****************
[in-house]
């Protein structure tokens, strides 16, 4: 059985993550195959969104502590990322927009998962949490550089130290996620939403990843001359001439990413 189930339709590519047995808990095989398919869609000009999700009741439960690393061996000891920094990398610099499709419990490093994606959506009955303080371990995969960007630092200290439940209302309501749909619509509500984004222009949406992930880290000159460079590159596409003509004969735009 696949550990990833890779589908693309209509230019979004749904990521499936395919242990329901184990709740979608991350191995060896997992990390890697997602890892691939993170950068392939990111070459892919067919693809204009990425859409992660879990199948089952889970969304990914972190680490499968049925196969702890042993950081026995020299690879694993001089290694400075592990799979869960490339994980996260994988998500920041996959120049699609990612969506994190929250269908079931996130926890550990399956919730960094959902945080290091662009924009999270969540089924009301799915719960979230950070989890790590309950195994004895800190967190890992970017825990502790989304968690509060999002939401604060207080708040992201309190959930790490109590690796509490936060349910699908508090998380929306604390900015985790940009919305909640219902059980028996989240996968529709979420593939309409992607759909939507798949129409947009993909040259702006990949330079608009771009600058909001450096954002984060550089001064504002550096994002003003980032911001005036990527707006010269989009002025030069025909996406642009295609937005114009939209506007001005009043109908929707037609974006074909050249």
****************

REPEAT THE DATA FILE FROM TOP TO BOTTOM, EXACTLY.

[in-house]
């Protein structure tokens, strides 16, 4: 059985993550195959969104502590990322927009998962949490550089130290996620939403990843001359001439990413 189930339709590519047995808990095989398919869609000009999700009741439960690393061996000891920094990398610099499709419990490093994606959506009955303080371990995969960007630092200290439940209302309501749909619509509500984004222009949406992930880290000159460079590159596409003509004969735009 696949550990990833890779589908693309209509230019979004749904990521499936395919242990329901184990709740979608991350191995060896997992990390890697997602890892691939993170950068392939990111070459892919067919693809204009990425859409992660879990199948089952889970969304990914972190680490499968049925196969702890042993950081026995020299690879694993001089290694400075592990799979869960490339994980996260994988998500920041996959120049699609990612969506994190929250269908079931996130926890550990399956919730960094959902945080290091662009924009999270969540089924009301799915719960979230950070989890790590309950195994004895800190967190890992970017825990502790989304968690509060999002939401604060207080708040992201309190959930790490109590690796509490936060349910699908508090998380929306604390900015985790940009919305909640219902059980028996989240996968529709979420593939309409992607759909939507798949129409947009993909040259702006990949330079608009771009600058909001450096954002984060550089001064504002550096994002003003980032911001005036990527707006010269989009002025030069025909996406642009295609937005114009939209506007001005009043109908929707037609974006074909050249």